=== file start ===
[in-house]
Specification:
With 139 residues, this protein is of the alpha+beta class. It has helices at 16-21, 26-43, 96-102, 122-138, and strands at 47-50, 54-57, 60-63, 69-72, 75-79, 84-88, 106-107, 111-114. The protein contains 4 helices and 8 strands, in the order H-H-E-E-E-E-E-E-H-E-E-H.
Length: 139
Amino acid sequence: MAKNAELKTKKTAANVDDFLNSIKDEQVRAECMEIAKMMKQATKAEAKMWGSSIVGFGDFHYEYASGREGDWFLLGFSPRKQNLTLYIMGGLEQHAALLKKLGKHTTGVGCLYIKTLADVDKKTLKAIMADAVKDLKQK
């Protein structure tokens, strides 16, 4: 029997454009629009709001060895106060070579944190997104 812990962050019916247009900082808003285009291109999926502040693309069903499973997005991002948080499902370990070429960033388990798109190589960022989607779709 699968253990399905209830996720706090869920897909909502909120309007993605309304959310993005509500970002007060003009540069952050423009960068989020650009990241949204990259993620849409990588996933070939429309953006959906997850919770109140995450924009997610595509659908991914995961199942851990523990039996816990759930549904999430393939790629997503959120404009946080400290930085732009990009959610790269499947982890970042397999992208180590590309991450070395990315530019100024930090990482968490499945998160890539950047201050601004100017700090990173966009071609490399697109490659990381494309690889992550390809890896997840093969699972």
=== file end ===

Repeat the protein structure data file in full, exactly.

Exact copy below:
[in-house]
Specification:
With 139 residues, this protein is of the alpha+beta class. It has helices at 16-21, 26-43, 96-102, 122-138, and strands at 47-50, 54-57, 60-63, 69-72, 75-79, 84-88, 106-107, 111-114. The protein contains 4 helices and 8 strands, in the order H-H-E-E-E-E-E-E-H-E-E-H.
Length: 139
Amino acid sequence: MAKNAELKTKKTAANVDDFLNSIKDEQVRAECMEIAKMMKQATKAEAKMWGSSIVGFGDFHYEYASGREGDWFLLGFSPRKQNLTLYIMGGLEQHAALLKKLGKHTTGVGCLYIKTLADVDKKTLKAIMADAVKDLKQK
């Protein structure tokens, strides 16, 4: 029997454009629009709001060895106060070579944190997104 812990962050019916247009900082808003285009291109999926502040693309069903499973997005991002948080499902370990070429960033388990798109190589960022989607779709 699968253990399905209830996720706090869920897909909502909120309007993605309304959310993005509500970002007060003009540069952050423009960068989020650009990241949204990259993620849409990588996933070939429309953006959906997850919770109140995450924009997610595509659908991914995961199942851990523990039996816990759930549904999430393939790629997503959120404009946080400290930085732009990009959610790269499947982890970042397999992208180590590309991450070395990315530019100024930090990482968490499945998160890539950047201050601004100017700090990173966009071609490399697109490659990381494309690889992550390809890896997840093969699972």